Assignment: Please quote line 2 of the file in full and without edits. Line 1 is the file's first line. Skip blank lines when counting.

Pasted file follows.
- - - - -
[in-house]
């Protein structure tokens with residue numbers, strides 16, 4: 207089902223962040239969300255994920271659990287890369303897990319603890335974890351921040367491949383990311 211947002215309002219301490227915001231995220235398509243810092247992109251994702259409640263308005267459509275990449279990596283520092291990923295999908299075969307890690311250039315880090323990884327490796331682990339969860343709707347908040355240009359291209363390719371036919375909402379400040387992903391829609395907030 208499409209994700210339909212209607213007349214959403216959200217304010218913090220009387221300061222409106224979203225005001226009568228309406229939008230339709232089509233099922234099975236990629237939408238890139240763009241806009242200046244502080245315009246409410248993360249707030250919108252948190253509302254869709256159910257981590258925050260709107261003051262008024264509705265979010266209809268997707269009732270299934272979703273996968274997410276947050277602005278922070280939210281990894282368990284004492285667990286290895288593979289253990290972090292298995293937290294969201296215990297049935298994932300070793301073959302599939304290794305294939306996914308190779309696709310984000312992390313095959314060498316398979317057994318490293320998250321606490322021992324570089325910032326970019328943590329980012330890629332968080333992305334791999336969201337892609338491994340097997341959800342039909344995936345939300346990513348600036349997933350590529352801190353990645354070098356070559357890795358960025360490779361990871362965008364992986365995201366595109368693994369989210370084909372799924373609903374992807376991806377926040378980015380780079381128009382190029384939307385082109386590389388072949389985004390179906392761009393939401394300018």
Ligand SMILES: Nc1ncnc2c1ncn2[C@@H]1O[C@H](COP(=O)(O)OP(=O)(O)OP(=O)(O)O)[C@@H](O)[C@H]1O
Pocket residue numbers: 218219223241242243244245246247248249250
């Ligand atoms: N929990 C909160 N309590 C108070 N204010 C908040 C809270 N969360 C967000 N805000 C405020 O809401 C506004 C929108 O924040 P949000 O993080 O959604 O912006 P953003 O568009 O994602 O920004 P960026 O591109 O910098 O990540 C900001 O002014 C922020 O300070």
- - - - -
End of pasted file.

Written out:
């Protein structure tokens with residue numbers, strides 16, 4: 207089902223962040239969300255994920271659990287890369303897990319603890335974890351921040367491949383990311 211947002215309002219301490227915001231995220235398509243810092247992109251994702259409640263308005267459509275990449279990596283520092291990923295999908299075969307890690311250039315880090323990884327490796331682990339969860343709707347908040355240009359291209363390719371036919375909402379400040387992903391829609395907030 208499409209994700210339909212209607213007349214959403216959200217304010218913090220009387221300061222409106224979203225005001226009568228309406229939008230339709232089509233099922234099975236990629237939408238890139240763009241806009242200046244502080245315009246409410248993360249707030250919108252948190253509302254869709256159910257981590258925050260709107261003051262008024264509705265979010266209809268997707269009732270299934272979703273996968274997410276947050277602005278922070280939210281990894282368990284004492285667990286290895288593979289253990290972090292298995293937290294969201296215990297049935298994932300070793301073959302599939304290794305294939306996914308190779309696709310984000312992390313095959314060498316398979317057994318490293320998250321606490322021992324570089325910032326970019328943590329980012330890629332968080333992305334791999336969201337892609338491994340097997341959800342039909344995936345939300346990513348600036349997933350590529352801190353990645354070098356070559357890795358960025360490779361990871362965008364992986365995201366595109368693994369989210370084909372799924373609903374992807376991806377926040378980015380780079381128009382190029384939307385082109386590389388072949389985004390179906392761009393939401394300018």